Annuity holders hoping to take part in a potential secondary market will need good quality financial advice, research by the Institute for Fiscal Studies has said.
The study by IFS programme director for pensions Gemma Tetlow, concluded that a significant minority of annuity holders could struggle with the complex decisions required in valuing their annuity compared to an alternative lump sum.
The research went on to raise concerns about the issue of “adverse selection” where potential annuity buyers assume those looking to sell will probably die soon and so offer small lump sums, acting as a disincentive for people to sell.
It said: “There is a significant risk that the secondary market for annuities will be limited or fail to emerge at all due to the potentially significant problems of adverse selection in this market.
“A more serious issue could arise from individuals’ potential inability to make well-informed decisions about whether or not to sell their annuity.
“Individuals must have access to good quality financial advice and guidance to navigate this new market.”
One of the reasons for the animosity towards annuities is their perceived poor value for money, but Ms Tetlow pointed out that if the market for selling annuities had been perceived not to work well, it was “far from clear” why a market for buying them back should work better.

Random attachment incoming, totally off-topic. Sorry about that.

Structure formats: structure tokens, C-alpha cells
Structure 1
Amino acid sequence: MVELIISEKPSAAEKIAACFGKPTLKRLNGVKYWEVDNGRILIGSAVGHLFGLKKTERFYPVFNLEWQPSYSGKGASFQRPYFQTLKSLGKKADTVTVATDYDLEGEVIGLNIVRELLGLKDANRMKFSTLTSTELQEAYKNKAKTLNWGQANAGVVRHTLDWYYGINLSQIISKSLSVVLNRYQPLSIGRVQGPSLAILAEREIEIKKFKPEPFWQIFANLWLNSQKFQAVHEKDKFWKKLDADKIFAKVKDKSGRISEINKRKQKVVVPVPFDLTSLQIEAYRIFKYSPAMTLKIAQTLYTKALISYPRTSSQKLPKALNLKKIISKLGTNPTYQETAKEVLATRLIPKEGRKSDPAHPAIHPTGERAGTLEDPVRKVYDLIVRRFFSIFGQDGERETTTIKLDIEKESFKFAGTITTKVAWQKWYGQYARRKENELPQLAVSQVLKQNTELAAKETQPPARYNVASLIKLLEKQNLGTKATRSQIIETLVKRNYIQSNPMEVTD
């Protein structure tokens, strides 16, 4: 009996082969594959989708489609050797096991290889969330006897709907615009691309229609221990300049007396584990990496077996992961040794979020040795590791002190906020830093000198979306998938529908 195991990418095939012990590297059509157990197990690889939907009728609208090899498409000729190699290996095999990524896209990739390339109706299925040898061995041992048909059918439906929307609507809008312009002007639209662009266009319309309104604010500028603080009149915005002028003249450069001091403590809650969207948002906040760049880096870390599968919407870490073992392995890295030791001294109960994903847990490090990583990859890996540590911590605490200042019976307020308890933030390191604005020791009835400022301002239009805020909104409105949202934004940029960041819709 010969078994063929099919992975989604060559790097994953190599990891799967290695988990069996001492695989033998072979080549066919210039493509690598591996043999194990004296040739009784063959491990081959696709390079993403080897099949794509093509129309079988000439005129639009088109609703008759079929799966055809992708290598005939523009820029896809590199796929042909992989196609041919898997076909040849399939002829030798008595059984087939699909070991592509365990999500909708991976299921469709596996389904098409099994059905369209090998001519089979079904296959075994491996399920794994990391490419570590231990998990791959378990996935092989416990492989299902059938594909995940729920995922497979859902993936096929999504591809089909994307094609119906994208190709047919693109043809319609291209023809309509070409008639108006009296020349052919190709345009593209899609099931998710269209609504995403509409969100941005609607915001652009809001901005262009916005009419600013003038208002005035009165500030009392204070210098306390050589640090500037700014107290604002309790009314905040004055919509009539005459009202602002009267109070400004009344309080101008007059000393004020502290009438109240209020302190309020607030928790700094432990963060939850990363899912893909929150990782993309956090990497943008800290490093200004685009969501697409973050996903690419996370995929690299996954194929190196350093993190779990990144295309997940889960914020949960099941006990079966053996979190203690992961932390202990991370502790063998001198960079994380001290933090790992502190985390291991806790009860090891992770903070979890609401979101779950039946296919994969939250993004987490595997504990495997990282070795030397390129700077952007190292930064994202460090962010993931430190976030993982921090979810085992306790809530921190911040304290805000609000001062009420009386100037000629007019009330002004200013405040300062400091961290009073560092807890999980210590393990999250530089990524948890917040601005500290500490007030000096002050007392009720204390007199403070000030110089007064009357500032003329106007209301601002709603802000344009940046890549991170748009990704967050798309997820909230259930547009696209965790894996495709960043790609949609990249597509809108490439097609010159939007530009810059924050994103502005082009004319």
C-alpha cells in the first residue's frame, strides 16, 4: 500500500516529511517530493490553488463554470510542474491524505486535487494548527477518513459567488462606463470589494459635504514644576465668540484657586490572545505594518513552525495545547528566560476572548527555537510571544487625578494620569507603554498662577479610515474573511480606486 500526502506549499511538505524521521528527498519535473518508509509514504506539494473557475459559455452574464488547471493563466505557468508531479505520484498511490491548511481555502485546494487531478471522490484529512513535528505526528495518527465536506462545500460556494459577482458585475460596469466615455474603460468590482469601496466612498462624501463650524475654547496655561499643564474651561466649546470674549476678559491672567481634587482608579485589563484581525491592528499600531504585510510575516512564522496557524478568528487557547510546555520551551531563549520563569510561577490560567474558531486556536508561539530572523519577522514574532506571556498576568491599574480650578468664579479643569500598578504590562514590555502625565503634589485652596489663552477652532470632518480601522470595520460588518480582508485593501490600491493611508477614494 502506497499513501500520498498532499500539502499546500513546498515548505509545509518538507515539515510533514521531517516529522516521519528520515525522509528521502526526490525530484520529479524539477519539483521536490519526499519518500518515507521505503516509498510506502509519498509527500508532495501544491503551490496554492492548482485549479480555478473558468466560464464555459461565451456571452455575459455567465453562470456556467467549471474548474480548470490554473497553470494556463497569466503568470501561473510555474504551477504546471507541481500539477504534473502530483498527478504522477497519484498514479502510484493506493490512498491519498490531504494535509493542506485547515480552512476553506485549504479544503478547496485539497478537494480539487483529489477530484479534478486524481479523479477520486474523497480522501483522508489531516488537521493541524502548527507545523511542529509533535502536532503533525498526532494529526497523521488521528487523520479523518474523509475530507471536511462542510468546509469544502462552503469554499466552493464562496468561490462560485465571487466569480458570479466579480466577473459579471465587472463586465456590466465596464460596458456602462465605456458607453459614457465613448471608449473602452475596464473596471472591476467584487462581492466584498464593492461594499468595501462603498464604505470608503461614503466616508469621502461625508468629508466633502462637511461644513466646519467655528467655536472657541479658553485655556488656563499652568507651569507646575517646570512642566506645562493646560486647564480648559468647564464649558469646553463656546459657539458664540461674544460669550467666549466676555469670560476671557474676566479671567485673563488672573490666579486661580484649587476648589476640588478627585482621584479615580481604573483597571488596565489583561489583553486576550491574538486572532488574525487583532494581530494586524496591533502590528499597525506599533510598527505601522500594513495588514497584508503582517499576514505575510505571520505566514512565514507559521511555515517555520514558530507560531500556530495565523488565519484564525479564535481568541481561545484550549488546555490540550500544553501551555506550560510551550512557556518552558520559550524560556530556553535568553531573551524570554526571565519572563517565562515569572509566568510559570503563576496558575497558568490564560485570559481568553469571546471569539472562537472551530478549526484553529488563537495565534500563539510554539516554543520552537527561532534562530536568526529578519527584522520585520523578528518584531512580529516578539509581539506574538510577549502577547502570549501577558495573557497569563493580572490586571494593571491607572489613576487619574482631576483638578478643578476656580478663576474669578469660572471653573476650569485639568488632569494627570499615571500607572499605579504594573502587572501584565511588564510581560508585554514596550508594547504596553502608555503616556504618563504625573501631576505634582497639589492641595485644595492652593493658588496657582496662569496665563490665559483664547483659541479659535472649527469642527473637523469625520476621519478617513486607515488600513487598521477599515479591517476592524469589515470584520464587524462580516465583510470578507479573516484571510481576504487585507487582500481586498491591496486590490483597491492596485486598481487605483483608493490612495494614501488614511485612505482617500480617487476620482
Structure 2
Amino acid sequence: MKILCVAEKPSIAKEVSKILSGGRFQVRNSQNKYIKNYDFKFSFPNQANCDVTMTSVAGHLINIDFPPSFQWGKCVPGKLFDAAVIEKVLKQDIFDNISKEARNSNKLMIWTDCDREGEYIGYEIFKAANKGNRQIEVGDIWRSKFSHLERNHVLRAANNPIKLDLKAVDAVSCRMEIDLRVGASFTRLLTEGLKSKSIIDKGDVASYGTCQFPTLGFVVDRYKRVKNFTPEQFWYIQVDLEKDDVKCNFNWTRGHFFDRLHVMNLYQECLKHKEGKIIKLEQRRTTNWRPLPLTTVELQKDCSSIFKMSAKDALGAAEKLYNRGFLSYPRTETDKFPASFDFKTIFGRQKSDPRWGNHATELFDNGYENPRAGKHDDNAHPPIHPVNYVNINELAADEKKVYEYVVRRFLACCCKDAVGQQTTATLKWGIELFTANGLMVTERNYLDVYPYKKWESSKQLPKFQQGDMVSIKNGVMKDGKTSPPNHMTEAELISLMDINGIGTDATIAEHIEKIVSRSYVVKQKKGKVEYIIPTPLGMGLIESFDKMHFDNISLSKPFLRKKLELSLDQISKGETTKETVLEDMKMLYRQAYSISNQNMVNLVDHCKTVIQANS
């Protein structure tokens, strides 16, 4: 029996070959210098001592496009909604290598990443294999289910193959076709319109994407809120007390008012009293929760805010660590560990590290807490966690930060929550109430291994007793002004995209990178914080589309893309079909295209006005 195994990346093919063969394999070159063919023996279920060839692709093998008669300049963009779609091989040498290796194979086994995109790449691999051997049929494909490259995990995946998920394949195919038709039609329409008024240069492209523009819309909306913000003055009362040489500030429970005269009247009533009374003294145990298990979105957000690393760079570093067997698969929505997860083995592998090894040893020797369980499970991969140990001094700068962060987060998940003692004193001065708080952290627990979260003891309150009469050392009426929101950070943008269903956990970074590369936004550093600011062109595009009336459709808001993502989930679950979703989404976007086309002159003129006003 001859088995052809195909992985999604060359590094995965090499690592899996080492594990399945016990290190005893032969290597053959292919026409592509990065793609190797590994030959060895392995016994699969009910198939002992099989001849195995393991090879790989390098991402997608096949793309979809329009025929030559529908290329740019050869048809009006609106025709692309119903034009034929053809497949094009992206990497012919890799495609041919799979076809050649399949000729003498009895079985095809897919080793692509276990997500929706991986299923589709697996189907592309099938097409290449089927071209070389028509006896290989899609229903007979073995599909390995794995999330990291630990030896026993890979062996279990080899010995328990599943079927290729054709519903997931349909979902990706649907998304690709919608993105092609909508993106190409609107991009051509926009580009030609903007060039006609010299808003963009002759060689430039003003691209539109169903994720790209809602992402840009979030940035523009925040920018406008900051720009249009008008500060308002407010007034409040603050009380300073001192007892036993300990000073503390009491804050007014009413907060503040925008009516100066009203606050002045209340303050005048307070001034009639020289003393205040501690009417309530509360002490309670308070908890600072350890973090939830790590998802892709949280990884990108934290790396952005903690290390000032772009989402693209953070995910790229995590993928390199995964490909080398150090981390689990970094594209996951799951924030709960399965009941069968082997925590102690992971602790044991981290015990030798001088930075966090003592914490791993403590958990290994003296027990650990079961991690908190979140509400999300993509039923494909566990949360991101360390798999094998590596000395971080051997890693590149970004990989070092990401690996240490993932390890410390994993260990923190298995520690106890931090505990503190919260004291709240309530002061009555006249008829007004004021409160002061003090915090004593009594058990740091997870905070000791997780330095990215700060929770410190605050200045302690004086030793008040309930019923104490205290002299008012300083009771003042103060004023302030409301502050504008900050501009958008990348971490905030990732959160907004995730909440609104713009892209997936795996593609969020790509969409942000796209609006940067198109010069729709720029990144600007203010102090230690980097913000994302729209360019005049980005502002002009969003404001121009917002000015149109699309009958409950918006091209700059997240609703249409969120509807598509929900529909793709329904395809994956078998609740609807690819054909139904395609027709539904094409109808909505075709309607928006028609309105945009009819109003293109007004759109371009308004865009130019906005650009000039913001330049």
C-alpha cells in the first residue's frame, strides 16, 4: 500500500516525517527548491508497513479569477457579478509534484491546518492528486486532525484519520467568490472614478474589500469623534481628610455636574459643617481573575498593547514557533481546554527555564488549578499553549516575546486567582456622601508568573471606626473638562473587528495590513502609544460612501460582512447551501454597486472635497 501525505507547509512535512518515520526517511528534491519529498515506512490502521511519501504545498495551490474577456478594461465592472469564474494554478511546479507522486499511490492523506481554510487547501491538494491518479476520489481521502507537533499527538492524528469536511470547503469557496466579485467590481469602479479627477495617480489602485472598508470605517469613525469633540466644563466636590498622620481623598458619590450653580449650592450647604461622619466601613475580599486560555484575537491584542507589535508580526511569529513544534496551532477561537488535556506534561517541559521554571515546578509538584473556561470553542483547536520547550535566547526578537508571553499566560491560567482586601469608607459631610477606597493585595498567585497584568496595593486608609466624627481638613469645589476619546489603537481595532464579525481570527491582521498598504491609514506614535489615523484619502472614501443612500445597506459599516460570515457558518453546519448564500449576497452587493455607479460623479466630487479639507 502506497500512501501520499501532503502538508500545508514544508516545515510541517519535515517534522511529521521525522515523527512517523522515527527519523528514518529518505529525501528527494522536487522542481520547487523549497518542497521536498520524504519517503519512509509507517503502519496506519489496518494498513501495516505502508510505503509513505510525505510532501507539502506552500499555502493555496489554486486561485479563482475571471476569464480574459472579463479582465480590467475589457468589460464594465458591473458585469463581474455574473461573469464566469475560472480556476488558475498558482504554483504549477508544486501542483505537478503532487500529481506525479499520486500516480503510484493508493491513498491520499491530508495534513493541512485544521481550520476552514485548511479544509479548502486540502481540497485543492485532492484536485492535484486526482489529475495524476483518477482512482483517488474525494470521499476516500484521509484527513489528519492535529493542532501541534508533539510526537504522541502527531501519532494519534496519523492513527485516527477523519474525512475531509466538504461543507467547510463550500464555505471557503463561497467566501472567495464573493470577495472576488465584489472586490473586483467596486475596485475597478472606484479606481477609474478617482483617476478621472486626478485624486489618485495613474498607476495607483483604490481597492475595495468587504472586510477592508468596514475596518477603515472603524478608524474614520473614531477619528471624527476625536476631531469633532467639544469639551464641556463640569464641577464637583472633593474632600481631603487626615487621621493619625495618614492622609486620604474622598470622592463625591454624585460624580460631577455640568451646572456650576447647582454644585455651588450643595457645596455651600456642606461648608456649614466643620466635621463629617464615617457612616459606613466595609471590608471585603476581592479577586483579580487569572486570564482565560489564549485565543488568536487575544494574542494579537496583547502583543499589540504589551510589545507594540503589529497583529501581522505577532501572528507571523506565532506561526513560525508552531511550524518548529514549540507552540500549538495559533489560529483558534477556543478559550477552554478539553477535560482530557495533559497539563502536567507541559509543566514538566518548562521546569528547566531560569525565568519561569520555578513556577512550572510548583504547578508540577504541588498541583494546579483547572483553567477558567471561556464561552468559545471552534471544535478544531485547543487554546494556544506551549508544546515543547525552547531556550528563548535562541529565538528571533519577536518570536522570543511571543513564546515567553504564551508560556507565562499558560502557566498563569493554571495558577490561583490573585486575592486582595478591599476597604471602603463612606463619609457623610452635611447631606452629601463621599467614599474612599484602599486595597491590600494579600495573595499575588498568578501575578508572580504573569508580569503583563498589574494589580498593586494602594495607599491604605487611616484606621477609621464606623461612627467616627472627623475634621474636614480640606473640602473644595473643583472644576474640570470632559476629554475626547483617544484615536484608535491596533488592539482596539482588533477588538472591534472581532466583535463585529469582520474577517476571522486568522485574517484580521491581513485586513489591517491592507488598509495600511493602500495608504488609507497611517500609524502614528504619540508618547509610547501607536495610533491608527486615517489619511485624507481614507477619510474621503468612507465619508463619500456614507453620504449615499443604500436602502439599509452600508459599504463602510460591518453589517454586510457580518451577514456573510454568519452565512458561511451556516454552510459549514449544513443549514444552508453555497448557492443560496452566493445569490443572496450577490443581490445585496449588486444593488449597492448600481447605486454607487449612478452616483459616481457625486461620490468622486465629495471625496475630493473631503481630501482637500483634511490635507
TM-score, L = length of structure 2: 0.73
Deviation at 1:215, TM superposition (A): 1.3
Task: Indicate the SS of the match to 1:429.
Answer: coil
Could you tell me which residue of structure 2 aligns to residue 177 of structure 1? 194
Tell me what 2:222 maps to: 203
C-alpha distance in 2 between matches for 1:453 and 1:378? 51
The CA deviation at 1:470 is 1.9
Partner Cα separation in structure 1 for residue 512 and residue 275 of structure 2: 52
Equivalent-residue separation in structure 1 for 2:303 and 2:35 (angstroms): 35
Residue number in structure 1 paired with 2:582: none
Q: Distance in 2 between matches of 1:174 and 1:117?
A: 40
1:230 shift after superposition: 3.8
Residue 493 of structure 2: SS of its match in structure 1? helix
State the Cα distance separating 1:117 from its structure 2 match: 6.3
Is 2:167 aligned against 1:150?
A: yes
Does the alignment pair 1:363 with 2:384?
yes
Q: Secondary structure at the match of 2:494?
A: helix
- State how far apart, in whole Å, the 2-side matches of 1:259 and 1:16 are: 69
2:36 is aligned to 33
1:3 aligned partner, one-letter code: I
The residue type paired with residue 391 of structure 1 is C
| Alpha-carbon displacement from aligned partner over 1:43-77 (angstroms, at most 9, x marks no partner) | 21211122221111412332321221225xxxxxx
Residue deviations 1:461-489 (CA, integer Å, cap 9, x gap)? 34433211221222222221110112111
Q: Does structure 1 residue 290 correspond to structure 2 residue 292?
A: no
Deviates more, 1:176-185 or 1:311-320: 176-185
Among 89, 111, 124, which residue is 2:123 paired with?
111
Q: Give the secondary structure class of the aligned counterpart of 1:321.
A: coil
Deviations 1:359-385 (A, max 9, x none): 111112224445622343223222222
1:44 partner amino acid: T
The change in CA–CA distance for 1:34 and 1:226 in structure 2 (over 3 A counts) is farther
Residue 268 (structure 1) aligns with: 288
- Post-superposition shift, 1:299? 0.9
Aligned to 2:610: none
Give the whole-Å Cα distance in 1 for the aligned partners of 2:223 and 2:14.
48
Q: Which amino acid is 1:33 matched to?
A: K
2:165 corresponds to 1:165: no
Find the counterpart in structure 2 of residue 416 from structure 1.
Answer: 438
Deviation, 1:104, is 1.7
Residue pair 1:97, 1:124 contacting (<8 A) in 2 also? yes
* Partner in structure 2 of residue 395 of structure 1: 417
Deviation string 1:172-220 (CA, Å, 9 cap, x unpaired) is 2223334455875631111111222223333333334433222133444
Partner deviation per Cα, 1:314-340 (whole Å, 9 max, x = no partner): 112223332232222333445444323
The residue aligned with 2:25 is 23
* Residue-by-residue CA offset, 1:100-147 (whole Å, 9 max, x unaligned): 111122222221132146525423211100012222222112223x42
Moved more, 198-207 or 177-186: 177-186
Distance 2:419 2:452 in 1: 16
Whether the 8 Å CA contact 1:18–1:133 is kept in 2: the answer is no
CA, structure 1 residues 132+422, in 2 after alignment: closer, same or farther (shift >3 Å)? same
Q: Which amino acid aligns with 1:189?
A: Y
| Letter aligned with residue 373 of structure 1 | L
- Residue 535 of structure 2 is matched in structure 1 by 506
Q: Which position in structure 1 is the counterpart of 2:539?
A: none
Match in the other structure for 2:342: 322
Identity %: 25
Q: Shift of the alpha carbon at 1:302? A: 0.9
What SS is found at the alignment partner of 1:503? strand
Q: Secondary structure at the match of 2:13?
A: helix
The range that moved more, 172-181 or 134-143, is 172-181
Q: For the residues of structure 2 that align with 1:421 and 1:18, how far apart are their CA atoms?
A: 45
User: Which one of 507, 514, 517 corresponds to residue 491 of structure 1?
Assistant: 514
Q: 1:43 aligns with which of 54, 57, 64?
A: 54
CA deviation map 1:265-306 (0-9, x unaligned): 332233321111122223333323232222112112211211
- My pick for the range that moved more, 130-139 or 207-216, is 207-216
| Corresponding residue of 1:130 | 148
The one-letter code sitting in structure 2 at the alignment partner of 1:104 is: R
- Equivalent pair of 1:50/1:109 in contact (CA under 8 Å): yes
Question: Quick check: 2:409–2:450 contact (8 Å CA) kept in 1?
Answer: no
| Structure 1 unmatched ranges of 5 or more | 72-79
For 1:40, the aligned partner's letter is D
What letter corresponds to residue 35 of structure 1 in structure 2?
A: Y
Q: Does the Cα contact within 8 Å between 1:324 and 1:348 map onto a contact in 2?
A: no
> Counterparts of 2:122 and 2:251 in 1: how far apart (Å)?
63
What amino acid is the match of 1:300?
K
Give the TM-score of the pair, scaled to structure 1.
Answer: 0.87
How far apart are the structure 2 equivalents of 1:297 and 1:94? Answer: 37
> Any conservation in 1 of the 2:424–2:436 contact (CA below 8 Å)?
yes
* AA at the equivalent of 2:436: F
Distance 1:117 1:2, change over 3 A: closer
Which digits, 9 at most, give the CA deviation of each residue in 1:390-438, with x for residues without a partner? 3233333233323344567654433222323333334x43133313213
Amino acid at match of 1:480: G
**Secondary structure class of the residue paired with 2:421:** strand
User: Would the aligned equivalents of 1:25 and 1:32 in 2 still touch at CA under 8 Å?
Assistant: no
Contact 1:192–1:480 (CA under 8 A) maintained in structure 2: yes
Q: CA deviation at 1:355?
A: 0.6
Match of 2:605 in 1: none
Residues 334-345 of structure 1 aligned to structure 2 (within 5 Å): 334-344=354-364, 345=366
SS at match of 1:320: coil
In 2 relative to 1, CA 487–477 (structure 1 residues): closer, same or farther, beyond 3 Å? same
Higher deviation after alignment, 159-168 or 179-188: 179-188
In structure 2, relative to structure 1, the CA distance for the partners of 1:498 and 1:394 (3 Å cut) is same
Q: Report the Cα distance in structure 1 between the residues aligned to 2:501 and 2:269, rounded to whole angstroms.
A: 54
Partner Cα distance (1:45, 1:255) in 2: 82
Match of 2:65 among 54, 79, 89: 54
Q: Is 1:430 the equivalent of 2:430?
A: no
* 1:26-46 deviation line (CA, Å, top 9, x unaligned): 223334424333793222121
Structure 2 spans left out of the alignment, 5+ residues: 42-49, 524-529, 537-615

Given that women live longer than men, potential rules against offering prices for an annuity which vary by sex could also make the secondary market particularly unattractive for women, the report added.
A consultation on the proposals is currently taking place, with a potential secondary market coming into effect in April 2016.
|Estimated value of DC annuities in payment|
|Costs/age||25th percentile||Median||75th percentile|
Source: Institute for Fiscal Studies
Mel Kenny, an adviser with London-based Radcliffe and Newlands, said: “The people who will most want to sell are those who took an annuity in good health and are now in poor health and want the lump sum.
“But they will not find many buyers for an annuity that will not pay out for very long.”